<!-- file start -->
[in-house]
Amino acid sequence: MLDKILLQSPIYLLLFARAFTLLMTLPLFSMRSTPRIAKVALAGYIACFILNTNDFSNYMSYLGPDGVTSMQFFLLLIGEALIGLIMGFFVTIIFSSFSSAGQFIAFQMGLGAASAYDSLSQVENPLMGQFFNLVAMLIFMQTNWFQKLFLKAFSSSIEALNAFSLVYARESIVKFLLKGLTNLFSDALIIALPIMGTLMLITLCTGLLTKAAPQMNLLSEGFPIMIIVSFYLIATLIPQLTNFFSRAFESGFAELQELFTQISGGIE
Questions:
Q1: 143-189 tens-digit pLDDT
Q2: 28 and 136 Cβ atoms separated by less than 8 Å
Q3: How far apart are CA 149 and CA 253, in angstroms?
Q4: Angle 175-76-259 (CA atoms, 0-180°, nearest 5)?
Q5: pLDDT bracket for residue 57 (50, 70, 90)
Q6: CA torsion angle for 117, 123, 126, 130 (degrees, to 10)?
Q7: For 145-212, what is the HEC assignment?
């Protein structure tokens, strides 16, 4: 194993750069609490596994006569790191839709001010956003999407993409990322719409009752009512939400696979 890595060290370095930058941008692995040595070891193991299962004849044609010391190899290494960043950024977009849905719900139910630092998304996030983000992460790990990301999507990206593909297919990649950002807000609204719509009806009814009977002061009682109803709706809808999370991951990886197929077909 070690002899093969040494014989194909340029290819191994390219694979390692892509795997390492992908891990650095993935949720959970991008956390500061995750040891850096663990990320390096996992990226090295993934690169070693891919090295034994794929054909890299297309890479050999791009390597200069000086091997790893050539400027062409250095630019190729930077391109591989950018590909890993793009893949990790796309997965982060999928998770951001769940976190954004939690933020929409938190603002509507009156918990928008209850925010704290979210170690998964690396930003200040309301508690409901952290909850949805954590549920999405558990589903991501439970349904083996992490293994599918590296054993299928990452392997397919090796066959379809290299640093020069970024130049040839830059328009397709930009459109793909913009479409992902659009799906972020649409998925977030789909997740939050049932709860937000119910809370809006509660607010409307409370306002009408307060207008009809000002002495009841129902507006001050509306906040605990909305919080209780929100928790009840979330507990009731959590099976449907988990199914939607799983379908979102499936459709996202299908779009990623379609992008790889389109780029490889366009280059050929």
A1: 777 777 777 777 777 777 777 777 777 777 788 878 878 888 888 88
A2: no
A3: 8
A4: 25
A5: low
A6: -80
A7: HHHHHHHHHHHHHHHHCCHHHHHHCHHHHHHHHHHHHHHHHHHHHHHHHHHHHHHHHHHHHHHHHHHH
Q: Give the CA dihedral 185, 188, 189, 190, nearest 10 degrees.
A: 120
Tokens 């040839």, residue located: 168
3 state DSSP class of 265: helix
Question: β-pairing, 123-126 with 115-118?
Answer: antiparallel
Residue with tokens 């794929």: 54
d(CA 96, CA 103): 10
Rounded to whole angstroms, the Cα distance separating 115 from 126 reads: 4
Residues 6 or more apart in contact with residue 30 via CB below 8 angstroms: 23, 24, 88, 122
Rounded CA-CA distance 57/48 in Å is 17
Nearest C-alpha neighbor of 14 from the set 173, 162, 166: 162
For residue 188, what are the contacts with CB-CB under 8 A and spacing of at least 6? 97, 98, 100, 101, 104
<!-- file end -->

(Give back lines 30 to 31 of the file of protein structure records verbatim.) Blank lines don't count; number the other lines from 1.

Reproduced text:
Nearest C-alpha neighbor of 14 from the set 173, 162, 166: 162
For residue 188, what are the contacts with CB-CB under 8 A and spacing of at least 6? 97, 98, 100, 101, 104